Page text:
Nightcrawler is a movie that feels very much of its time, and yet it also feels like a remnant of the ’70s when movies could be nasty and dark and reek of moral ambiguity. Jake Gyllenhaal gives the performance of the year as Louis Bloom, a nightmarish version of a driven millennial. He’s a product of today’s America in that he is hurt by the economy and finds success in exploiting the public’s fascination with violence and tragedy. He’s the kind of protagonist a young Robert De Niro would have played. Writer/director Dan Gilroy never shies away from the ugliness of the character, and even more impressively, constructs the film in a way that celebrates him. In some of his darkest moments, James Newton Howard’s score soars triumphantly, and Robert Elswit photographs his adventures with the same exciting panache as he did Daniel Plainview in There Will Be Blood. It will definitely be too mean-spirited for some, but Nightcrawler is sure to develop a strong cult following in years to come.

(Related honorable mentions: Cheap Thrills)

11. Under the Skin (Studio Canal)

In addition to racial injustice, I feel like one of the major conversations in pop culture this year was about sexism and rape culture. Under the Skin is a movie that addresses this in a fascinating way. This is a story of a woman (or at least a being in the form of a woman) preying on men; in fact, she uses their sexual desires to entrap them. Women have made it clear they hate being catcalled and hit on by strange men in the street, but what man wouldn’t get in a car with someone who looked like Scarlett Johansson at the drop of a hat? It’s a reversal that says a lot about the different ways men and women experience the world. As a bonus, this movie enticed the type of person who would get excited about leaked celebrity nude pictures and rewarded them with a trippy, experimental, nonlinear movie that probably drove them crazy. This movie is not for them, but it was certainly for me.

(Related honorable mentions: A Girl Walks Home Alone at Night, The Babadook)

12. Only Lovers Left Alive (Sony Pictures Classics)

Just when you thought you were really done with vampires, Jim Jarmusch decided to take a swing at them, and the result is one of his best films. Of course, like most of his filmography, this is really a “hang-out” movie where we just spend time with these characters; the vampiric elements just add flavor to the hang-out. When Adam and Eve discuss the history of music and literature, they are speaking from a place of experience because they have been alive for hundreds of years. Tilda Swinton and Tom Hiddleston are perfectly cast here, and it’s a joy to watch them together.

(Related honorable mentions: The Trip to Italy is another great hang-out movie)

13. The Interview (Columbia Pictures)

I want to be very clear about this: I genuinely liked The Interview and I’m not just including it on my list to make some kind of statement. It’s true that my enthusiasm may be heightened due to the insane, ongoing story of its release, but at its core, the movie does work, and its success can be boiled down to one thing: the performance of Randall Park as Kim Jong-un. A lot of critics have very cynically said people will be underwhelmed when they finally see what all of the fuss was about, but I couldn’t disagree more. This movie is brutal in its satire, and the fact that it’s buried in a “typical” Hollywood comedy is what makes it so subversive. The threat to Kim Jong-un is not showing him assassinated, but portraying him as a real person with real neuroses, and the idea that exposing him as a sad silly man is the best way to hurt him rings very true. Park deserves an Oscar nomination for his performance, which walks a very fine line, resulting in a villain who is funny, scary, and even sympathetic. I think this is an autobiographical movie for Seth Rogen and Evan Goldberg. They’ve always taken certain risks in their films, and I think they genuinely wanted to move away from “mindless” gross-out comedy to do something important. And whether you like it or not, The Interview has proven to be an important film, and that alone warrants a place on this list.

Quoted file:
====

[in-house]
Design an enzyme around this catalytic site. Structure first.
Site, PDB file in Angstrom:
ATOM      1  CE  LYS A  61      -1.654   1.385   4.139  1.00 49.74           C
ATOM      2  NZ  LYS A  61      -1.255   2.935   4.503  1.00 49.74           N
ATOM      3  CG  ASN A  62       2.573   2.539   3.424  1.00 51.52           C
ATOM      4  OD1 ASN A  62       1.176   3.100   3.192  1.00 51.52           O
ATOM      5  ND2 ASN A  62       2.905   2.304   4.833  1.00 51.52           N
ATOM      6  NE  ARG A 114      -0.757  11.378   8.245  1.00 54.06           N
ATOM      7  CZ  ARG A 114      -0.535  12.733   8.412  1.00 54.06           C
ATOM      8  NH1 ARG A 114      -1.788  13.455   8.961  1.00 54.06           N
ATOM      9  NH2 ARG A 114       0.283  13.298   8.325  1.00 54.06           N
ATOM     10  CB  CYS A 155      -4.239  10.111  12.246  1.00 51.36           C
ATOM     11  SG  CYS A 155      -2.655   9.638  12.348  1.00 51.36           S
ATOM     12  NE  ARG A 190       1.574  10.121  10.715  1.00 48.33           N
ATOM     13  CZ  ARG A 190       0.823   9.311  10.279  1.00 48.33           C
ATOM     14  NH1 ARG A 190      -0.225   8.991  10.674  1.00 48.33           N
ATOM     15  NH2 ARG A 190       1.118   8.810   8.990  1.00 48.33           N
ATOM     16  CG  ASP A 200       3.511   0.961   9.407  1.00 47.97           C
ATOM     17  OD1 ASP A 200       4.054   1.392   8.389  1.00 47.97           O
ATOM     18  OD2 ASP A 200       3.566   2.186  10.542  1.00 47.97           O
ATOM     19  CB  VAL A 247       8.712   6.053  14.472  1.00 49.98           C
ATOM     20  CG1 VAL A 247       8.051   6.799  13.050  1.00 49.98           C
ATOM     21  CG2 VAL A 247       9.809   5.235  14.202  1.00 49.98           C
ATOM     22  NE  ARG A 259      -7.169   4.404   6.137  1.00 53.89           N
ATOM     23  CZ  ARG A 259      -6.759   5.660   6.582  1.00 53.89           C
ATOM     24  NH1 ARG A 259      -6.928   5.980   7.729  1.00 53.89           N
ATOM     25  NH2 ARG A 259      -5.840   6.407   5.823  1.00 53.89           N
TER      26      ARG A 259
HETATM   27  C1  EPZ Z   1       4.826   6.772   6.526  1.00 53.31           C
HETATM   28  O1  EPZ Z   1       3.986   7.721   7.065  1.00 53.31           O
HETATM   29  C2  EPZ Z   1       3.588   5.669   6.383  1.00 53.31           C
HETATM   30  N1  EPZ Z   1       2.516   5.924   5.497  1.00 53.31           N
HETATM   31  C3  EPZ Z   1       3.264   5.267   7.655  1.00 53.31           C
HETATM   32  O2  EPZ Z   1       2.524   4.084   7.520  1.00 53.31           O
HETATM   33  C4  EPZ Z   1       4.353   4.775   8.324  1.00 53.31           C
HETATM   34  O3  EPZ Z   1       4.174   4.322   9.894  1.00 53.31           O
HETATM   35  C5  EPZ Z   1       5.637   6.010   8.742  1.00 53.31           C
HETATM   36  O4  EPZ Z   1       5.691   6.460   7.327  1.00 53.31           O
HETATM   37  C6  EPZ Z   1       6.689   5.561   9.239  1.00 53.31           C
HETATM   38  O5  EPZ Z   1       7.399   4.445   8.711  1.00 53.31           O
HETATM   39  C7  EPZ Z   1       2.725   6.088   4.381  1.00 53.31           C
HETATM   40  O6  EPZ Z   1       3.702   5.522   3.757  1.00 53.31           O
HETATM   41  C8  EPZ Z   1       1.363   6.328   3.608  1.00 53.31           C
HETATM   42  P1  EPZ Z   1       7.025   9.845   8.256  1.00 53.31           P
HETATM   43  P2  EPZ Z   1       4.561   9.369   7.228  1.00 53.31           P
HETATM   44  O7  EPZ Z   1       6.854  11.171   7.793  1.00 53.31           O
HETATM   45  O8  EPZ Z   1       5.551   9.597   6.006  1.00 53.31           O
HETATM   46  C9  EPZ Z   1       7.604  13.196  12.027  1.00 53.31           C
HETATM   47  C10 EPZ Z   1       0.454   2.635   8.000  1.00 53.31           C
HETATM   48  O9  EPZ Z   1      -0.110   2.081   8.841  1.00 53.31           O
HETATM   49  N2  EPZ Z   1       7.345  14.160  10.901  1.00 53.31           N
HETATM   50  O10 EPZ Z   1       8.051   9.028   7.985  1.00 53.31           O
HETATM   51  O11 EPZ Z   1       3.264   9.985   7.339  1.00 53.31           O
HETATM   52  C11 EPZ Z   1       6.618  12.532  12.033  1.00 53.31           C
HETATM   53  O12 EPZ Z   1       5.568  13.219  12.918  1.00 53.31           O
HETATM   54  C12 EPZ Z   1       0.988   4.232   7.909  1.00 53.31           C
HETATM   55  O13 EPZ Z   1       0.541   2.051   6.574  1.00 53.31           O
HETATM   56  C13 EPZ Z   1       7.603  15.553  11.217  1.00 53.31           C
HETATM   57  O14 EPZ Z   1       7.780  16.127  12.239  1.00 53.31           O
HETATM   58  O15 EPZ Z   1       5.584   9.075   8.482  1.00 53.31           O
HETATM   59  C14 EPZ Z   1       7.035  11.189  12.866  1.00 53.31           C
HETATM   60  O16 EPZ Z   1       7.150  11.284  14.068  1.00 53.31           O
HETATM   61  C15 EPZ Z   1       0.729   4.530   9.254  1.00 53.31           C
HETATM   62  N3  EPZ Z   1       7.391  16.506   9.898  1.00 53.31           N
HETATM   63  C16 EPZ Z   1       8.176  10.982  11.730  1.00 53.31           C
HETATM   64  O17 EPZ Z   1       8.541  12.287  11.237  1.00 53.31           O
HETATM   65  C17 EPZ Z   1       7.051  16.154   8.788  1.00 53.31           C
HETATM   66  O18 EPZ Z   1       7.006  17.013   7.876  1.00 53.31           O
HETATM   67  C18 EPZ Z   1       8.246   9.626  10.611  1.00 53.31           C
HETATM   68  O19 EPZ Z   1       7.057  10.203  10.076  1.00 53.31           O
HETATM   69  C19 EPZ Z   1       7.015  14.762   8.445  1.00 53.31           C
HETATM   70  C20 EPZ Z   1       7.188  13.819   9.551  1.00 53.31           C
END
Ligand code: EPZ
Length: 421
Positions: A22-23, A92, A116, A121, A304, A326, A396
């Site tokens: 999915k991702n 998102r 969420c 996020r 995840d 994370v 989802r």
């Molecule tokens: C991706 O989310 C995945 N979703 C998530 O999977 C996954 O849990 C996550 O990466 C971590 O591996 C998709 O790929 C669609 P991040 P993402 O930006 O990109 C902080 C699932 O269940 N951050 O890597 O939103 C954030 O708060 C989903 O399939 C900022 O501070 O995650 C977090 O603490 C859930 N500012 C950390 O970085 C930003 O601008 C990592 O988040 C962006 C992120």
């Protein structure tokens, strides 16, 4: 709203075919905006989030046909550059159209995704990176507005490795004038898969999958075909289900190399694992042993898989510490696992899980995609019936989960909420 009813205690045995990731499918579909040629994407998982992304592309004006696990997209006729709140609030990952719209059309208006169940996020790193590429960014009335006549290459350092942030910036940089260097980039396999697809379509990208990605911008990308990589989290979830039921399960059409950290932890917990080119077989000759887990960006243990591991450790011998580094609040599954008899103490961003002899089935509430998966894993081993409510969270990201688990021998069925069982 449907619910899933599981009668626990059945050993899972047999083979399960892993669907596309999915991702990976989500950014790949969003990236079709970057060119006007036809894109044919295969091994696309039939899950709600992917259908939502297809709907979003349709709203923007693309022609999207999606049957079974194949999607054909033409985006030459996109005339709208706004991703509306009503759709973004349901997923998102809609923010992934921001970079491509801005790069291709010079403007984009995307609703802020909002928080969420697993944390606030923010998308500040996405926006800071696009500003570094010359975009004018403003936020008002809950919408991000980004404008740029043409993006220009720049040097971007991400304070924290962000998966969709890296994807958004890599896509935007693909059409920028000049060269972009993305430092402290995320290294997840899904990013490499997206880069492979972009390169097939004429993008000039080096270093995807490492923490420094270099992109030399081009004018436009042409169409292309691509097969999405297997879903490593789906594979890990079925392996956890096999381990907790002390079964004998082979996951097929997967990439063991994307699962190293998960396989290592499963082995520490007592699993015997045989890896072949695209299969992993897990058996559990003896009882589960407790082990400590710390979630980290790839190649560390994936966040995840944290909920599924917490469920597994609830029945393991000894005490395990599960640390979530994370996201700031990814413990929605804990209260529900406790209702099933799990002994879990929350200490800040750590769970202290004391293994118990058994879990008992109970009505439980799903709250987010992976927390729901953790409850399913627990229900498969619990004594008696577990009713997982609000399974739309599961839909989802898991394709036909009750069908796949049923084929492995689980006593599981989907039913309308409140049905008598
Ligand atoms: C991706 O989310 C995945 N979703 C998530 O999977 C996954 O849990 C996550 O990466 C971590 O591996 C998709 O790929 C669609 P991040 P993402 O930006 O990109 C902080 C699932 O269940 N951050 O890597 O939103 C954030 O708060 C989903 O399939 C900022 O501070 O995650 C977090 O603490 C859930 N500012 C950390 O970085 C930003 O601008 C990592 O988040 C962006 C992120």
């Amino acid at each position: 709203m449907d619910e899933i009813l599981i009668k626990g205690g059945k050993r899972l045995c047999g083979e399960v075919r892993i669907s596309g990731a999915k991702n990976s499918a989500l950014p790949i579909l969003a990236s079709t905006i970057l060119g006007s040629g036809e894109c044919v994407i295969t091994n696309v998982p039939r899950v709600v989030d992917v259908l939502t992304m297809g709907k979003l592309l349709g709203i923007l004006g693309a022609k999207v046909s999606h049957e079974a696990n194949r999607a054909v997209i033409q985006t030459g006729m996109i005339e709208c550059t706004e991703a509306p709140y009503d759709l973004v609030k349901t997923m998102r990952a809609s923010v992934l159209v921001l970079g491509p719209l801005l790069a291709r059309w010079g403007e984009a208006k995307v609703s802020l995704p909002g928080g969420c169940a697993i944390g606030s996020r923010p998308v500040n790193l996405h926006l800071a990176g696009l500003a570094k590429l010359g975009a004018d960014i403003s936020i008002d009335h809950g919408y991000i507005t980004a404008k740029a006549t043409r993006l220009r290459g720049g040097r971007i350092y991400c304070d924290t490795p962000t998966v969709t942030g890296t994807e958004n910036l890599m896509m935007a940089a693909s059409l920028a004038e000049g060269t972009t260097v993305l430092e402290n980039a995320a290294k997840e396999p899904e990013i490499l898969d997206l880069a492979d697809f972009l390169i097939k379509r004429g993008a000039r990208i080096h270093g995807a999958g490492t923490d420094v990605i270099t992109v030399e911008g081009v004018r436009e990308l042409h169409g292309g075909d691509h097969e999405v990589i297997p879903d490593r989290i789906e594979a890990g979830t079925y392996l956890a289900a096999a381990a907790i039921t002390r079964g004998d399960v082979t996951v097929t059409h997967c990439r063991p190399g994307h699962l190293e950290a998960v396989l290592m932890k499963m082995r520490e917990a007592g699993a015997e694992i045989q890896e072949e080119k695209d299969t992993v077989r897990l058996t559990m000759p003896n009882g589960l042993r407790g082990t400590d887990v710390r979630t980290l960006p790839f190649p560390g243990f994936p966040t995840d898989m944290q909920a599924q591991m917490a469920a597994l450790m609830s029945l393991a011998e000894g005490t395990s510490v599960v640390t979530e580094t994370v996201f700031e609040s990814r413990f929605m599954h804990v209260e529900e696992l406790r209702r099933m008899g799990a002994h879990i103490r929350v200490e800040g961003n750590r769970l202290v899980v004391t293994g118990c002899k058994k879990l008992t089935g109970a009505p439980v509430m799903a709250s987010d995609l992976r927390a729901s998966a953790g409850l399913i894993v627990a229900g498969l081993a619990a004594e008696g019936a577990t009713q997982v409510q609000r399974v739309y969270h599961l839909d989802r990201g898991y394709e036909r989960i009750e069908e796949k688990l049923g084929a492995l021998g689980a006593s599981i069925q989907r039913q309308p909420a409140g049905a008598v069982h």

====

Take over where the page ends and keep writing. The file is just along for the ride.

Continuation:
(Related honorable mentions: David Wain’s criminally underappreciated They Came Together)

14. Wild (Fox Searchlight)

When Jean-Marc Vallee’s Dallas Buyers Club came out last year, I looked at the trailer and decided it wasn’t something that interested me. Once I finally saw it, out of a feeling of obligation, I ended up pleasantly surprised. So when his new film Wild came out and, again, looked like the kind of movie I tend to ignore, I decided to fight through my preconceived notions and give it a shot. And Wild not only surpassed my expectations, but blew Dallas Buyers Club out of the water. This is another feminist movie, and whereas it might look on the surface like one of those insufferable Eat, Pray, Love kind of things, it’s actually a genuinely emotional story about a broken woman. Reese Witherspoon as Cheryl carries the weight of the film on her shoulders (almost literally), but it would be wrong to ignore the fact that Laura Dern is doing some incredible work here. She’s been so great for so long, it’s nice to see her get a high-profile role like this. The structure of the film steadily reveals more and more about Cheryl’s past, and while I pretty much got what was going on faster than the movie told me about it, I still felt like the nonlinear telling of the story added to the impact. The greatest compliment I can give is that the movie made me believe in Cheryl’s journey to “find herself” (ugh, I know) and made me, one of the least athletic, outdoorsy people on the planet, want to take a long hike.

(Related honorable mentions: Another small, performance-driven drama about one character’s journey for self improvement is the Tom Hardy vehicle* Locke.)

15. Captain America: The Winter Soldier (Walt Disney Studios)

In many ways, the last film on a best of the year list is the hardest to select. It makes things final, and it feels like whatever you pick is the one that beat out all of the other movies that didn’t make the cut. Can I give this spot to Captain America and leave off a movie like Boyhood? Obviously I can, and I am, because Captain America: The Winter Soldier is a movie I love, and it is representative of one of my favorite trends of 2014: Multiple times this year, small-time auteurs were able to invade the Hollywood system and make it work for them, rather than the other way around. The Russo Brothers were an inspired choice to direct this film, and they did such a great job that now Marvel wants them to stick around for as long as they can keep them. Not only does this movie have the most brutal and effective action of any Marvel Studios film, but it really sets itself apart by being about something real and topical. Captain America (the ultimate personification of patriotic heroism) is forced to acknowledge the country he loves is being corrupted, the government is going too far, and safety is worth nothing if it costs freedom. 2014 gave us great entertainment and great movies that asked questions and prompted us to think about the world we live in. And a few movies, like Captain America, did both.

(Related honorable mentions: Citizenfour, Guardians of the Galaxy, Edge of Tomorrow, Godzilla) | Sean Lass

*no pun intended